The truth is, even as you get older, you can eat a normal amount of food and still ~keep your figure~ LIke, you don’t have to eat dry veg and toast for the rest of your life to maintain that.

    • Enough says:

      Honestly. I think over 35 you cannot maintain a size 0-2 and eat over 1000 calories in more than 1 meal unless you’re running at least 10 miles a day. Posh is probably a 00. The camera adds 20 lbs. I got down to a size 2-4 doing 40 hour fasts every other day and eating 2100 calories every other day. God is cruel to older women.

      • Valerie says:

        I’d agree that *people* are cruel to older women, lol. We place a huge premium on looks and hold women to an impossibly high standard. There are a lot of variables at play. For some, it does take more work as you get older, but it doesn’t always require extreme or unhealthy measures. Unfortunately, t’s easy to find yourself on that continuum.

    • Jaded says:

      I haven’t found it hard to keep my weight in the healthy range as I’ve aged. I’m now 69 and weigh only 10 lbs more than when I was in my 30s and living on salad. The one thing that VB needs to worry about is osteoporosis. Despite my healthy eating habits it runs in my family so I had to go on osteo meds after menopause. It worked really well and my osteoporosis has basically reversed itself. Exercise is key. Happy you got your ED under control Valerie!

      The “other” Valerie

      • Valerie says:

        Hey 😀 Thank you! Glad to hear you’re doing well.

        I’m 33, and my mom is 71, and she’s the same way. We’re both naturally on the slimmer side, and I think we feel even the tiniest of changes more because we’re not that tall, haha. She’s also taking osteoporosis meds but has pretty much reversed it too. Her last bone density scan was great. My eating habits are so much more balanced now, and I never could’ve imagined that that would be possible when I was younger.

  25. DaphneOG says:

    This article went on to cover her mercury poisoning a few years ago from consuming too much tuna and sword fish. These are classic ED food habits and I hope she is getting physicals to check her heart health etc. I worry about her brain. Literally.

    • Valerie says:

      Yeah, it can wreak havoc on your organs, and your brain is an organ! I hope she’s okay, too. The damage is reversible, though, or mostly reversible, depending on when you begin to recover.

      • TEALIEF says:

        I worked for a woman who had an ED and got mercury poisoning because her main and only protein source was salmon. She also was overly fond of wine – her corner office was nicknamed the wine club – and an obssesive exerciser. We bonded on the exercise because I like to exercise. I got out of her group, because she while she worked with and mentored mostly women, she modelled – I believed – unhealthy, self-destructive habits. I saw my peers mirroring her habits. Intelligent, once normal-sized women were outside the office building dragging on cigarettes, quaffing down Starbucks, and sucking on lollipops for energy and the  glucose their brains needed to do their actual jobs, to be slim like her, be visually pleasing to her. All to get her approval, and maybe, just maybe, she would invite one to the ABT with her, she being a season ticket holder. Nope, I was out of this office version of the Black Swan.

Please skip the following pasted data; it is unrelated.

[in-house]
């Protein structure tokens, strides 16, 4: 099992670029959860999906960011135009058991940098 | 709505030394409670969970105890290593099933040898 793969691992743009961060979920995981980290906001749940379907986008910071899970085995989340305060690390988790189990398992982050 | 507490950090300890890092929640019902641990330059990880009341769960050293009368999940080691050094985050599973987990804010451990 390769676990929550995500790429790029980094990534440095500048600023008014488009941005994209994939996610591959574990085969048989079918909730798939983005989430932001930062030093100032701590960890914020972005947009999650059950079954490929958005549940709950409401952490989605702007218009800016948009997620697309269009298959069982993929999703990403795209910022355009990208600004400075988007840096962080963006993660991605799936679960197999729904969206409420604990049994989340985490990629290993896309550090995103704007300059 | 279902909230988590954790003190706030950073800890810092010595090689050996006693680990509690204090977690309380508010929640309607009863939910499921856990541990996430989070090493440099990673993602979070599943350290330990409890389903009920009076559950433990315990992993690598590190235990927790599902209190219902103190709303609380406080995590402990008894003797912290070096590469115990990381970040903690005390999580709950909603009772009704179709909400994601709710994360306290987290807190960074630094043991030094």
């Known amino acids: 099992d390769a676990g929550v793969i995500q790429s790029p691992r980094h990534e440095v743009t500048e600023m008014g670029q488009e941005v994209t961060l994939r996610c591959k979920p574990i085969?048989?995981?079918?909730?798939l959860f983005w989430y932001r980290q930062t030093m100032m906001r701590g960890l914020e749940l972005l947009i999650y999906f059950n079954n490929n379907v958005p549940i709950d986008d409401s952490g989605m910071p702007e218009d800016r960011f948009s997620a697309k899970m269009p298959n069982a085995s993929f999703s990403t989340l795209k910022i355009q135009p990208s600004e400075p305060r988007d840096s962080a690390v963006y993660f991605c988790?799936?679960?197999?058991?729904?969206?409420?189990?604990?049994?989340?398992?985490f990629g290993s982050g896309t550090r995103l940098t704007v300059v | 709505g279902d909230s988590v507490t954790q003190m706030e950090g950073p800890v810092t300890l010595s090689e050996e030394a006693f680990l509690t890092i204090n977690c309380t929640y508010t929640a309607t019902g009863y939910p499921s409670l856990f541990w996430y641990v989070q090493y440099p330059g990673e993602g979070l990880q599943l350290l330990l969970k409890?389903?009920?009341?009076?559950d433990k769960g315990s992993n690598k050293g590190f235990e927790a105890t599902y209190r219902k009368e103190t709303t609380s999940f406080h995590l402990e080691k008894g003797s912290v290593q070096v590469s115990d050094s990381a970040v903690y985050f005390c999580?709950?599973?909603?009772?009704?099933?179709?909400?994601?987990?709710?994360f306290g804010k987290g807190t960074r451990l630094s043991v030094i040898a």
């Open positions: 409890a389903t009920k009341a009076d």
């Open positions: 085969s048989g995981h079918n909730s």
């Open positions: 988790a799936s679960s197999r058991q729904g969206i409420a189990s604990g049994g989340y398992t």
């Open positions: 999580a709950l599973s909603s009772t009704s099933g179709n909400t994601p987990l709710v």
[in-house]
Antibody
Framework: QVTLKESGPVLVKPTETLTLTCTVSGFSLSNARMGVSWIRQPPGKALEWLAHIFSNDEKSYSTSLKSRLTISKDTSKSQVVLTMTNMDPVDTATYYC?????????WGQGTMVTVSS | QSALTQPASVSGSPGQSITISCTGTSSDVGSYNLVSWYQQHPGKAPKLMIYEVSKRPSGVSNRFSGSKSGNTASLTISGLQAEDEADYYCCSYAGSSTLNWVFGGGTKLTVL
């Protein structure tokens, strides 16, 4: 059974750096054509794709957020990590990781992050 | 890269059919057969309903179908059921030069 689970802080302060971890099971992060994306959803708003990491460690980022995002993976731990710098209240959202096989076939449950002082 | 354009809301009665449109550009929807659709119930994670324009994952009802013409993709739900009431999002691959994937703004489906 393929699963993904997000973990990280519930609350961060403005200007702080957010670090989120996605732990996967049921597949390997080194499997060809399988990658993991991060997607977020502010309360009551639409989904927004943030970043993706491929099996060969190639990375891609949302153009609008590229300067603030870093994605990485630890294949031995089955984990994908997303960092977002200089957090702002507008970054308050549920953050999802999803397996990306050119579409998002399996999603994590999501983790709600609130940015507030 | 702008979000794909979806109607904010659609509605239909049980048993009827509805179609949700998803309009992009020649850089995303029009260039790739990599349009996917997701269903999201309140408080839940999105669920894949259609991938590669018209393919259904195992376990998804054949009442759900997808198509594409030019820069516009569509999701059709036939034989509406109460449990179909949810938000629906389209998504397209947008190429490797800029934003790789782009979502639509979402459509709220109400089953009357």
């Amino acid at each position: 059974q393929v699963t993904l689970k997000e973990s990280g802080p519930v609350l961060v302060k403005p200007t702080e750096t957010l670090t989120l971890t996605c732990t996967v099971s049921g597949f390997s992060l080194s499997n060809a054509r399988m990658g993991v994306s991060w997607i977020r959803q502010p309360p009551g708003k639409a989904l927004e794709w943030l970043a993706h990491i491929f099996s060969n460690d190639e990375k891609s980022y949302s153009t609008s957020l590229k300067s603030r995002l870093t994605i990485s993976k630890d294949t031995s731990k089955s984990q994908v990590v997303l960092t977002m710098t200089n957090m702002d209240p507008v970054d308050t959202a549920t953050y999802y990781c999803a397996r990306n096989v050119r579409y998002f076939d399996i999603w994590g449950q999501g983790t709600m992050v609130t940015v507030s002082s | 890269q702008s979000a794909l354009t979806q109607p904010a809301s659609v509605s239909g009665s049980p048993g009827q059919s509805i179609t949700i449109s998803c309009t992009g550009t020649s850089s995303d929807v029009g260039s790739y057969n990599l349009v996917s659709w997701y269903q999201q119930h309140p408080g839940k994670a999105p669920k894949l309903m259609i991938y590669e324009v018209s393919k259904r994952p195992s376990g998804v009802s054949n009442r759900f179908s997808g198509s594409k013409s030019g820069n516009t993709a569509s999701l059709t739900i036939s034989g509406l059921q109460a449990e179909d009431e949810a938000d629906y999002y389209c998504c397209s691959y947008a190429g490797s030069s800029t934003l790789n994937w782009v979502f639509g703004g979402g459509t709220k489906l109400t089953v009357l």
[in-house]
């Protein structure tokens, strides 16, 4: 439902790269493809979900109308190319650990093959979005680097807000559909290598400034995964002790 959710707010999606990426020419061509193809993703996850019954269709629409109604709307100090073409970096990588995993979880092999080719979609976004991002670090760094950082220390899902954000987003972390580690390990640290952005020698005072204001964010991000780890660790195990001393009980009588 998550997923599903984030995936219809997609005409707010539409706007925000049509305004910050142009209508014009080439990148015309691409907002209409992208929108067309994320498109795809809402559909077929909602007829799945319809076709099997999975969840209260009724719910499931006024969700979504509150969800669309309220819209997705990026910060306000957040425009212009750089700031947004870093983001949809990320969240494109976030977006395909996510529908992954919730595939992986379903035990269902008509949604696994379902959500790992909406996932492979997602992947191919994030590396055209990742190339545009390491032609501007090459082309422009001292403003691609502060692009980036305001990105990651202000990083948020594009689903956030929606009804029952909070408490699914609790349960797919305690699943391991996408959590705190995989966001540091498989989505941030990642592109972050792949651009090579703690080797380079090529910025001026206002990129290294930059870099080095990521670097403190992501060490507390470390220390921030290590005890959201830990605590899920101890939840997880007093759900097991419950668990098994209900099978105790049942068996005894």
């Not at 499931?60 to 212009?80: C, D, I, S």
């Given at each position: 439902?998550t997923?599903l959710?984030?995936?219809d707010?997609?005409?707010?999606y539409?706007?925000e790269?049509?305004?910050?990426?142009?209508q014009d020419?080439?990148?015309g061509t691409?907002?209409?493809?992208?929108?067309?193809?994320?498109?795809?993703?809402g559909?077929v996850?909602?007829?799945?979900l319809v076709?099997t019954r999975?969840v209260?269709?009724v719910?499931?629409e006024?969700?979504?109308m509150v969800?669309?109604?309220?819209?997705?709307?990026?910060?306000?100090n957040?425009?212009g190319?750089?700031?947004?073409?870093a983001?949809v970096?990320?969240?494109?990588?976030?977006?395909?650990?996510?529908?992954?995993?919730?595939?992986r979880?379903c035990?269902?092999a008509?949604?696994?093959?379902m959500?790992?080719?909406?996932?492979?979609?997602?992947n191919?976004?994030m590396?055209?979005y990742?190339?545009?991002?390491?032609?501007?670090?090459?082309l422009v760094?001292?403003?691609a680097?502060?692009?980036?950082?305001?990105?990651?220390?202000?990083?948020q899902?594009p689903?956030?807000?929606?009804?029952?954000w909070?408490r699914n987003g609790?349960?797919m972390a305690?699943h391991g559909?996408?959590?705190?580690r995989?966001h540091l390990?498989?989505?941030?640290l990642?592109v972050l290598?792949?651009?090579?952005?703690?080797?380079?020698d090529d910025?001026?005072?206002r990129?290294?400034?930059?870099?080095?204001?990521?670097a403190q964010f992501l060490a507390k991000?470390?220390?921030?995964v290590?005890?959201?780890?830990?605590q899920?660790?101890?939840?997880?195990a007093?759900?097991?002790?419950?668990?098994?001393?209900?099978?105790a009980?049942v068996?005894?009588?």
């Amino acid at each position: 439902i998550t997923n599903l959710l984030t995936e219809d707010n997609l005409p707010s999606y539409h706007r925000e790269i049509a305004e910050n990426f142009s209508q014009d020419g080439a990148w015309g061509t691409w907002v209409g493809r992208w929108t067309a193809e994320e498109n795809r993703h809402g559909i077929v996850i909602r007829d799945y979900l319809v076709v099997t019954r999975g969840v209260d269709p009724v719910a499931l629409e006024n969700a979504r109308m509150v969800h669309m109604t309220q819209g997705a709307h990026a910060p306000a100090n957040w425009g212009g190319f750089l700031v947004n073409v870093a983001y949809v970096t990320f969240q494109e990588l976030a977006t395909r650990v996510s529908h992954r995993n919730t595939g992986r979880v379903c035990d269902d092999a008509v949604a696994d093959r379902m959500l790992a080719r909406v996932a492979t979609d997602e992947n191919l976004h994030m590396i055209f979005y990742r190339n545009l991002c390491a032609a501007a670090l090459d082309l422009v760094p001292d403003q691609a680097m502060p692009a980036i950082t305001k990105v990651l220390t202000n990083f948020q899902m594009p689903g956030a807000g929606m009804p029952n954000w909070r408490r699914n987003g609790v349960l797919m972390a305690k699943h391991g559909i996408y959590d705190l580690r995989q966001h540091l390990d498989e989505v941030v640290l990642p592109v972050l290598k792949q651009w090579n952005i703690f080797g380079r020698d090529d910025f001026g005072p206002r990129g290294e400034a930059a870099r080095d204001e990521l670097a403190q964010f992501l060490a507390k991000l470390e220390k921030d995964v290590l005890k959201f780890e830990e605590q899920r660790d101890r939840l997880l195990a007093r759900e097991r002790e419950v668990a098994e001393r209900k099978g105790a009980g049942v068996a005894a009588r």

26. Mcmmom says:

    Please, please don’t normalize this. She is anorexic, full stop. If she didn’t have implants, the extent of her true eating disorder would be much more evident. I don’t think her appearance creates a bad example for women as much as talking about her behavior as if it were a sign of great discipline. This is an illness and should be treated as such. If she were downing a bottle of scotch every night, we wouldn’t write about how “that Victoria Beckham sure knows how to cut loose” – we would rightfully acknowledge that she was an alcoholic. This is no different.

    • Valerie says:

      True, although I think that there are still a lot of people out there who glorify drinking. to excess. I’m not saying Celebitchy would, just that too many people still don’t take alcoholism as seriously as they should. If they did, we wouldn’t have women calling themselves moms and aunts or putting up cutesy little signs that say it’s Wine O’Clock. It’s the Mother’s Little Helper mindset all over again, this time magnified and reinforced by social media.

    • Emma says:


  27. Lulu says:

    I know a few people like that since childhood, who are so picky they literally cannot stand any sauces and seasonings. They tend to prefer bland food. In Victoria’s case though, based on her own anecdotes over the years, it comes off as an eating disorder that turned into a permanent lifestyle.

  28. Kfg says:

    There’s nothing healthy about being stick thin unnaturally. It’s disgusting and ages you which is why she gets so many fillers. Weight is necessary to looking healthy. Sallow and thin haired and bony is not sexy. I don’t know why this is still being pushed as discipline, it’s bizarre

  29. Chelle says:

    I feel sorriest for her daughter who will grow up being maligned by horrible people on SM and the BM if she’s not as skinny as her rail-thin mom.

    I took after my dad’s side of the family and no matter how much I starved myself to try to look like my size-2 mom, it was never going to happen. I didn’t get off the struggle train until I was well into my 30s. Now, whenever I read another story about a famous woman’s disordered eating habits, or see pics of another famous woman’s unfortunate plastic surgery, the first thought that crosses my mind is “thank god I’m not famous.”